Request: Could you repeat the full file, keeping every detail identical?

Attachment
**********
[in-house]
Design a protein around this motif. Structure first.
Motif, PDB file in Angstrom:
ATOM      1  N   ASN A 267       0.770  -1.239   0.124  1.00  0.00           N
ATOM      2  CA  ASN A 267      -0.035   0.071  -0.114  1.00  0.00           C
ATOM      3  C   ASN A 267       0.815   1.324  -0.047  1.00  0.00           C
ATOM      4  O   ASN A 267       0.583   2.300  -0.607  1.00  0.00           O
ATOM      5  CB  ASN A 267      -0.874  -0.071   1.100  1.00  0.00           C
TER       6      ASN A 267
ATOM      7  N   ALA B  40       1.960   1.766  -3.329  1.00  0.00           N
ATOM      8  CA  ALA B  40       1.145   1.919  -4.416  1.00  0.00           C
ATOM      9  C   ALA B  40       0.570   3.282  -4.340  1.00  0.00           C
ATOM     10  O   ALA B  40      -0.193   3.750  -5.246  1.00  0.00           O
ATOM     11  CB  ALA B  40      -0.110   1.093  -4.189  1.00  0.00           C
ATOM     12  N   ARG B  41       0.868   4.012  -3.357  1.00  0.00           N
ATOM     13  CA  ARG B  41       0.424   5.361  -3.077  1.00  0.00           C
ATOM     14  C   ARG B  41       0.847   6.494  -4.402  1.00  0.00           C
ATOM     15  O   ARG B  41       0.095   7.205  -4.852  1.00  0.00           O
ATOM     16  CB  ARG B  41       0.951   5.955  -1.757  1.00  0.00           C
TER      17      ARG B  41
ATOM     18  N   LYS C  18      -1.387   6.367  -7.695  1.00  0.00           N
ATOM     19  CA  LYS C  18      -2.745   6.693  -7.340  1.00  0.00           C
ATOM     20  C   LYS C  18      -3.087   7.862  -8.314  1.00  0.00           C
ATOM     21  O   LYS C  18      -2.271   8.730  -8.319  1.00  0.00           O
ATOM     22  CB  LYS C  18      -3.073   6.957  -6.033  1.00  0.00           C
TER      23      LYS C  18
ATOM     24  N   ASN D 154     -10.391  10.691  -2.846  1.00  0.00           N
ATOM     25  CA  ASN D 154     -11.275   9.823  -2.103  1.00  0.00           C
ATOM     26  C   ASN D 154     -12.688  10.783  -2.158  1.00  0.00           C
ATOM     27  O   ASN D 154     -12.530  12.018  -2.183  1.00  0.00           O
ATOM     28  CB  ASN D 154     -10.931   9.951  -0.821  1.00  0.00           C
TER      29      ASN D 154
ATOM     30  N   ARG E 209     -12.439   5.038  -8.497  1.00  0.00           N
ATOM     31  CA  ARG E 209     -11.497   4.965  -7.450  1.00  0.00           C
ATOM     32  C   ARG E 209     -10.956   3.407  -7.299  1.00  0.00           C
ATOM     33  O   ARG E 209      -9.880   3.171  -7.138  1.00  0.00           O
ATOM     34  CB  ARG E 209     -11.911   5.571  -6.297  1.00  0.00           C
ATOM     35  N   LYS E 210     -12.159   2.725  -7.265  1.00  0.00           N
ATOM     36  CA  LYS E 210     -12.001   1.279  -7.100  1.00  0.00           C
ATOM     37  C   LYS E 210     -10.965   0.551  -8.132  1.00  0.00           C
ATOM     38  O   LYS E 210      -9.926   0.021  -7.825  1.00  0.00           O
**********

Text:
[in-house]
Design a protein around this motif. Structure first.
Motif, PDB file in Angstrom:
ATOM      1  N   ASN A 267       0.770  -1.239   0.124  1.00  0.00           N
ATOM      2  CA  ASN A 267      -0.035   0.071  -0.114  1.00  0.00           C
ATOM      3  C   ASN A 267       0.815   1.324  -0.047  1.00  0.00           C
ATOM      4  O   ASN A 267       0.583   2.300  -0.607  1.00  0.00           O
ATOM      5  CB  ASN A 267      -0.874  -0.071   1.100  1.00  0.00           C
TER       6      ASN A 267
ATOM      7  N   ALA B  40       1.960   1.766  -3.329  1.00  0.00           N
ATOM      8  CA  ALA B  40       1.145   1.919  -4.416  1.00  0.00           C
ATOM      9  C   ALA B  40       0.570   3.282  -4.340  1.00  0.00           C
ATOM     10  O   ALA B  40      -0.193   3.750  -5.246  1.00  0.00           O
ATOM     11  CB  ALA B  40      -0.110   1.093  -4.189  1.00  0.00           C
ATOM     12  N   ARG B  41       0.868   4.012  -3.357  1.00  0.00           N
ATOM     13  CA  ARG B  41       0.424   5.361  -3.077  1.00  0.00           C
ATOM     14  C   ARG B  41       0.847   6.494  -4.402  1.00  0.00           C
ATOM     15  O   ARG B  41       0.095   7.205  -4.852  1.00  0.00           O
ATOM     16  CB  ARG B  41       0.951   5.955  -1.757  1.00  0.00           C
TER      17      ARG B  41
ATOM     18  N   LYS C  18      -1.387   6.367  -7.695  1.00  0.00           N
ATOM     19  CA  LYS C  18      -2.745   6.693  -7.340  1.00  0.00           C
ATOM     20  C   LYS C  18      -3.087   7.862  -8.314  1.00  0.00           C
ATOM     21  O   LYS C  18      -2.271   8.730  -8.319  1.00  0.00           O
ATOM     22  CB  LYS C  18      -3.073   6.957  -6.033  1.00  0.00           C
TER      23      LYS C  18
ATOM     24  N   ASN D 154     -10.391  10.691  -2.846  1.00  0.00           N
ATOM     25  CA  ASN D 154     -11.275   9.823  -2.103  1.00  0.00           C
ATOM     26  C   ASN D 154     -12.688  10.783  -2.158  1.00  0.00           C
ATOM     27  O   ASN D 154     -12.530  12.018  -2.183  1.00  0.00           O
ATOM     28  CB  ASN D 154     -10.931   9.951  -0.821  1.00  0.00           C
TER      29      ASN D 154
ATOM     30  N   ARG E 209     -12.439   5.038  -8.497  1.00  0.00           N
ATOM     31  CA  ARG E 209     -11.497   4.965  -7.450  1.00  0.00           C
ATOM     32  C   ARG E 209     -10.956   3.407  -7.299  1.00  0.00           C
ATOM     33  O   ARG E 209      -9.880   3.171  -7.138  1.00  0.00           O
ATOM     34  CB  ARG E 209     -11.911   5.571  -6.297  1.00  0.00           C
ATOM     35  N   LYS E 210     -12.159   2.725  -7.265  1.00  0.00           N
ATOM     36  CA  LYS E 210     -12.001   1.279  -7.100  1.00  0.00           C
ATOM     37  C   LYS E 210     -10.965   0.551  -8.132  1.00  0.00           C
ATOM     38  O   LYS E 210      -9.926   0.021  -7.825  1.00  0.00           O